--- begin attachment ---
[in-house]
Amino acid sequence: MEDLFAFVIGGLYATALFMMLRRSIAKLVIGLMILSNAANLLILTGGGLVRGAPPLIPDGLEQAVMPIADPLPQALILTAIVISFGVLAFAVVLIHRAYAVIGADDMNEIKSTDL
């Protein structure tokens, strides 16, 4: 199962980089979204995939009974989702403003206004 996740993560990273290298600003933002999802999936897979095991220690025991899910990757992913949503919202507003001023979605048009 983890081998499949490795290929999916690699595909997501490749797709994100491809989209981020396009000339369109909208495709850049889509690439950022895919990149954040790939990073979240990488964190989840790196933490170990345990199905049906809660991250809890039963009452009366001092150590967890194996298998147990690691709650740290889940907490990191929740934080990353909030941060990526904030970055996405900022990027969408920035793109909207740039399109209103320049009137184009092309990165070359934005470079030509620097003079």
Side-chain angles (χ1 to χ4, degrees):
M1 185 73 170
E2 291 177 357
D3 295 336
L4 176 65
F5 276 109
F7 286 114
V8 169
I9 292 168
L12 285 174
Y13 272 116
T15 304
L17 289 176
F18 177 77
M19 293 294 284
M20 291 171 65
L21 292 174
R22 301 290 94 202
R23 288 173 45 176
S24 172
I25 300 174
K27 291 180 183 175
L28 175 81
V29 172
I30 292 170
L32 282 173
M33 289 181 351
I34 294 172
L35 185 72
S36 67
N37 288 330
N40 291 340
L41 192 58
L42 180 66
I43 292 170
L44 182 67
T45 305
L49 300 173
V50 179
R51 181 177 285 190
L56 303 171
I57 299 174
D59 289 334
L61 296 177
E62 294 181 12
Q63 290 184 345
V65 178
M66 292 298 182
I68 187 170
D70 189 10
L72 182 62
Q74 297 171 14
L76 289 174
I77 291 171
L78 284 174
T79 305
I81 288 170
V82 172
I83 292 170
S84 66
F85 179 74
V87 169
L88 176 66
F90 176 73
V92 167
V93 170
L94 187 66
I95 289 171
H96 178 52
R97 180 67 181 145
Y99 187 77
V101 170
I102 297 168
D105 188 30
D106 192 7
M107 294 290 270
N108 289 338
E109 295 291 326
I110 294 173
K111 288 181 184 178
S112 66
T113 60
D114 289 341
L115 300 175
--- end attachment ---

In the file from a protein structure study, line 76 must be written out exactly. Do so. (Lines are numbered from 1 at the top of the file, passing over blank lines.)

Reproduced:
I102 297 168